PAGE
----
Thankfully, for the more corkscrew challenged amongst us, it is bottled with a screwtop, which only requires the application of twisting to remove.
Served at a neatly warm 14 degrees, the Pinot is dark on the nose with smells of cherry and bramble fruits, with maybe a hint of the strawberry.
Quite silky in the mouth, with layered floras, some spice – gentile – fruits again and a juicy acidity.
Such wines can be laid for ten years – and will improve accordingly.
All in all, a very satisfying glass that lends itself to a special occasion.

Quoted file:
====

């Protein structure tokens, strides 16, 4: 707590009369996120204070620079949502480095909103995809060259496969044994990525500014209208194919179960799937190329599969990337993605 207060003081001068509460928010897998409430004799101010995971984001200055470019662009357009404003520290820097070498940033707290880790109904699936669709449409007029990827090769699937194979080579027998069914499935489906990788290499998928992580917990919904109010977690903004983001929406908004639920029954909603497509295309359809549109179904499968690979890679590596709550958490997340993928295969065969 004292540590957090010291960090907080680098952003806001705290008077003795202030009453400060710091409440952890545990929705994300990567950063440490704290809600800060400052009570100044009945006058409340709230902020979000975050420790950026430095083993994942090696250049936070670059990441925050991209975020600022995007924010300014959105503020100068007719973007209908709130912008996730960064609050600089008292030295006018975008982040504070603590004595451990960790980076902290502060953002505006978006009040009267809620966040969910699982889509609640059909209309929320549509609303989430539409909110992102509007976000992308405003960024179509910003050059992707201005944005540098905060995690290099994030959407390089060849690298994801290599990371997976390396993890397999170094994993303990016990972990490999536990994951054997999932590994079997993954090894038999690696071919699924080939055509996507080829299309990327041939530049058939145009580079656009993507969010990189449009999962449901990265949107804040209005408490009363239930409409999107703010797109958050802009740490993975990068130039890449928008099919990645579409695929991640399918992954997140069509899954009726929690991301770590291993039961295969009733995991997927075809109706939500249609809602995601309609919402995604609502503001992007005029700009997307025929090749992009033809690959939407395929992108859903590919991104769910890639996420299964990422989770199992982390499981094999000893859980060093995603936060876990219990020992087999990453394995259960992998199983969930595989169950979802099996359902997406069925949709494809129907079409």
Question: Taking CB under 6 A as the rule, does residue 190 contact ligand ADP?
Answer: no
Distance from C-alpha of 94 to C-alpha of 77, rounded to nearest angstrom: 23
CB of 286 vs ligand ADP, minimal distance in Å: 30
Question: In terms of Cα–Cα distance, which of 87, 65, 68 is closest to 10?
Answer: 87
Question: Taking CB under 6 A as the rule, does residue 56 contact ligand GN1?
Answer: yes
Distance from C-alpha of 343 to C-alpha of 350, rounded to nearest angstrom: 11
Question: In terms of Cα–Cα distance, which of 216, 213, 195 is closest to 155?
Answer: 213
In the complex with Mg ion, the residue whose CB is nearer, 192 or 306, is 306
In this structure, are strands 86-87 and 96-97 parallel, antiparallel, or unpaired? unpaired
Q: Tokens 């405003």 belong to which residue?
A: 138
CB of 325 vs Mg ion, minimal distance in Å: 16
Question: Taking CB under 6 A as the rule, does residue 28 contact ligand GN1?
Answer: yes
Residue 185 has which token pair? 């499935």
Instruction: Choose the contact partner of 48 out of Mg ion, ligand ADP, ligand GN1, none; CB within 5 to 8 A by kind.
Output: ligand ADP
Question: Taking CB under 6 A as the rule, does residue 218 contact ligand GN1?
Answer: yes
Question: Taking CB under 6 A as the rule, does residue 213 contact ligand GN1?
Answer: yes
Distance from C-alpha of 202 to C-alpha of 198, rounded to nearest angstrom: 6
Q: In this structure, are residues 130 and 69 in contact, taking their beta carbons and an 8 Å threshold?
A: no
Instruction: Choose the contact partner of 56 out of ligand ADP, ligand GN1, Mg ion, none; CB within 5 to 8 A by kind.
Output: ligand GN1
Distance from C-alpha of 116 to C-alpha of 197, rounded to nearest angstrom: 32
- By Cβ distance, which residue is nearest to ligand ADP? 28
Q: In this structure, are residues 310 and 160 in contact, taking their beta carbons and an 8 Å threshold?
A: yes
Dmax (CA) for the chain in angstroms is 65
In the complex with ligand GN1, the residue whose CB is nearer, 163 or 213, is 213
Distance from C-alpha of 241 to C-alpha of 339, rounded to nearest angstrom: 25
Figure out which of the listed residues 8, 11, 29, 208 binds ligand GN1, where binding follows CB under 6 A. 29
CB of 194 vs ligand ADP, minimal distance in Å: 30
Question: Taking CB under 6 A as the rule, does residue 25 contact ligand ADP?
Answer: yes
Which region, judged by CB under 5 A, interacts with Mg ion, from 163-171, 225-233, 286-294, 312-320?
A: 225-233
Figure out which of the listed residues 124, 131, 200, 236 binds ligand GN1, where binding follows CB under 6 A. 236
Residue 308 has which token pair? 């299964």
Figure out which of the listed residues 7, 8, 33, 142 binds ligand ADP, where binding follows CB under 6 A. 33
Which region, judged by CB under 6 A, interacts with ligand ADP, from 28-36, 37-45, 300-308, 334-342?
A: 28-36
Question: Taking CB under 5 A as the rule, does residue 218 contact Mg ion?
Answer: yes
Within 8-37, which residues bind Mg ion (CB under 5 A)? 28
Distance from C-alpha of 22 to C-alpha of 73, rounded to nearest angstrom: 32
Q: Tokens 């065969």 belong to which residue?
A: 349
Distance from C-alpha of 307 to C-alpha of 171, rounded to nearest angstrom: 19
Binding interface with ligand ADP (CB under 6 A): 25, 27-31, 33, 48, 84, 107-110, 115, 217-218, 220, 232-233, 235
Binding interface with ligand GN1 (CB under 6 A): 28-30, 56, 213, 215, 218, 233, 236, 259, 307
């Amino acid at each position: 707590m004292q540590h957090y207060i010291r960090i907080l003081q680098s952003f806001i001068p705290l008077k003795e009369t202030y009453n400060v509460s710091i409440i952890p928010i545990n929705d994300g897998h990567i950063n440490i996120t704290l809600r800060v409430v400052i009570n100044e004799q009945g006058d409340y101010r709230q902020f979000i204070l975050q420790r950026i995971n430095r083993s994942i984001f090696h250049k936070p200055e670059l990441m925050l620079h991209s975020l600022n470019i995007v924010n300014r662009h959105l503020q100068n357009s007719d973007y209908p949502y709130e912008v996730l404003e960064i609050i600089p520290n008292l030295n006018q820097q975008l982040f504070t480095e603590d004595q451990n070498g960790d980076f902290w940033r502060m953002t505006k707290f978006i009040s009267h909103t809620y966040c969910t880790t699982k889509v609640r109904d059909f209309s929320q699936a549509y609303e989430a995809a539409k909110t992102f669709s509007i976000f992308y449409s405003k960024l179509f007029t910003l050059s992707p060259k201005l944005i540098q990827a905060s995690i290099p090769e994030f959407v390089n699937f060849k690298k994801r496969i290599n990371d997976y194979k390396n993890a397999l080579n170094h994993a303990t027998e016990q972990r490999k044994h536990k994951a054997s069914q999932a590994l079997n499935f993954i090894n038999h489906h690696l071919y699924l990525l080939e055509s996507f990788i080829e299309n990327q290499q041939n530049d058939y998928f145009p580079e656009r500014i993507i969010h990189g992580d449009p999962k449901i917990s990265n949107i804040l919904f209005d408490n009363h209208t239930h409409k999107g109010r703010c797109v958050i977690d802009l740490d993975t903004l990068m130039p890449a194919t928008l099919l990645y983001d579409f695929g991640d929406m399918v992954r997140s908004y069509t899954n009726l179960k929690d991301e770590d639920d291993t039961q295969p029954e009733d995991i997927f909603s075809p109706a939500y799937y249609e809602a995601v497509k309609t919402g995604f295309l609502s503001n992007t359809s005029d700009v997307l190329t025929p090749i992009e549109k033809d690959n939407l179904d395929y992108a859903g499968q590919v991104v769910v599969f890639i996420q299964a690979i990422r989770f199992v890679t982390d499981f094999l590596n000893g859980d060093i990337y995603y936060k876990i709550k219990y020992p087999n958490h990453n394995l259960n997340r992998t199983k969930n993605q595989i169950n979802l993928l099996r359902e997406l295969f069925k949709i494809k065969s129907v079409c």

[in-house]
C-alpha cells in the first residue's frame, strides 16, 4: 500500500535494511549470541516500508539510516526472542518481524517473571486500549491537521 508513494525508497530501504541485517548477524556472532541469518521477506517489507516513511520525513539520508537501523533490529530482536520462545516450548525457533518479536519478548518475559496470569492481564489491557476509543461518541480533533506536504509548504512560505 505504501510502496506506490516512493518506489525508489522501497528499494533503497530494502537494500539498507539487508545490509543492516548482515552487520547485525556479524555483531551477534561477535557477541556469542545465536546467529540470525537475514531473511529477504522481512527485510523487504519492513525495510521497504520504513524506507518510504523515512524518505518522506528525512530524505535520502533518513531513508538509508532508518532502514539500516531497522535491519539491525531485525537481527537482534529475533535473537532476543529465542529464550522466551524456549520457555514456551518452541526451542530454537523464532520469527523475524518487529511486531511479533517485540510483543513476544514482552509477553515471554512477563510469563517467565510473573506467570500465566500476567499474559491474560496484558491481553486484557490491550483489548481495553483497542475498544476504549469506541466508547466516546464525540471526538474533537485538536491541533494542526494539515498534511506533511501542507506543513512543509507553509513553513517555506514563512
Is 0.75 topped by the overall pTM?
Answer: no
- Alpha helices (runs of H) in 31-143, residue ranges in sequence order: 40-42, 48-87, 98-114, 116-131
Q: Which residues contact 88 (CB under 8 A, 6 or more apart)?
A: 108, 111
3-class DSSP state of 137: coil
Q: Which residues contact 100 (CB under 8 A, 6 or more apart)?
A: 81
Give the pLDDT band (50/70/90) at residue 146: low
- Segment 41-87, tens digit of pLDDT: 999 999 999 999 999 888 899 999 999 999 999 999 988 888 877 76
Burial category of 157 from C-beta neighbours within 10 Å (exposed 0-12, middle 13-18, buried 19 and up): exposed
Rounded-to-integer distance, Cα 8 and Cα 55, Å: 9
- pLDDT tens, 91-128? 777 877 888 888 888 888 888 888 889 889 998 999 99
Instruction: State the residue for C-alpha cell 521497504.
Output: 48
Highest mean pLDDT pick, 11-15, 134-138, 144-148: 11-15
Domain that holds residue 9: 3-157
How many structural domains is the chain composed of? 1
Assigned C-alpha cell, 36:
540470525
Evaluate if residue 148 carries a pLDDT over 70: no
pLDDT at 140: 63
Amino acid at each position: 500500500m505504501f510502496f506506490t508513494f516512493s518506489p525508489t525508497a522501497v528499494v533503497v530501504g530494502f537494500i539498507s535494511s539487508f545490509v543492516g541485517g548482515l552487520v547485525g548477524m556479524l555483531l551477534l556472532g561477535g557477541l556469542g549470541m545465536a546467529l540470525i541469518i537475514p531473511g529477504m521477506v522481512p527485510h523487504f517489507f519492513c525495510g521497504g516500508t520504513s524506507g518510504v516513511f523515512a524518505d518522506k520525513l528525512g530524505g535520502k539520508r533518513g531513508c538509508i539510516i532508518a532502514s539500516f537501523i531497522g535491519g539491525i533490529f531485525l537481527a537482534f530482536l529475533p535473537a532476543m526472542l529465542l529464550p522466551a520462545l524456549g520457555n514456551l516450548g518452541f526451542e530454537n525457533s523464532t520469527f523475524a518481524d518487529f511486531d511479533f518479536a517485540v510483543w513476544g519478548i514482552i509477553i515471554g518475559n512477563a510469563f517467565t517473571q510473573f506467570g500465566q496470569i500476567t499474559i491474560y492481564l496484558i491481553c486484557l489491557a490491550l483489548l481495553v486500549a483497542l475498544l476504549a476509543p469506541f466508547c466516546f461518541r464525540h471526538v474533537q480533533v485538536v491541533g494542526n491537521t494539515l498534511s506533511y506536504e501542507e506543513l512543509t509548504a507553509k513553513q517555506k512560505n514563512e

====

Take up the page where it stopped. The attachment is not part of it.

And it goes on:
For food pairing, those in the know speak of New Zeland’s excellent softer cheeses – think the kiwi equivalent of French brie – or perhaps the scallops caught off the coast.
But my love is steak, and the best steak in the world is the incredible chuleta chop from the Basque region of northern Spain. Astonishingly, this beef is raised for 18 years (rather than the normal 3) and reaches a simply enormous size.
The Pinot went down exceptionally well with a 1kg sharing steak, served with the traditional charred basque-style peppers.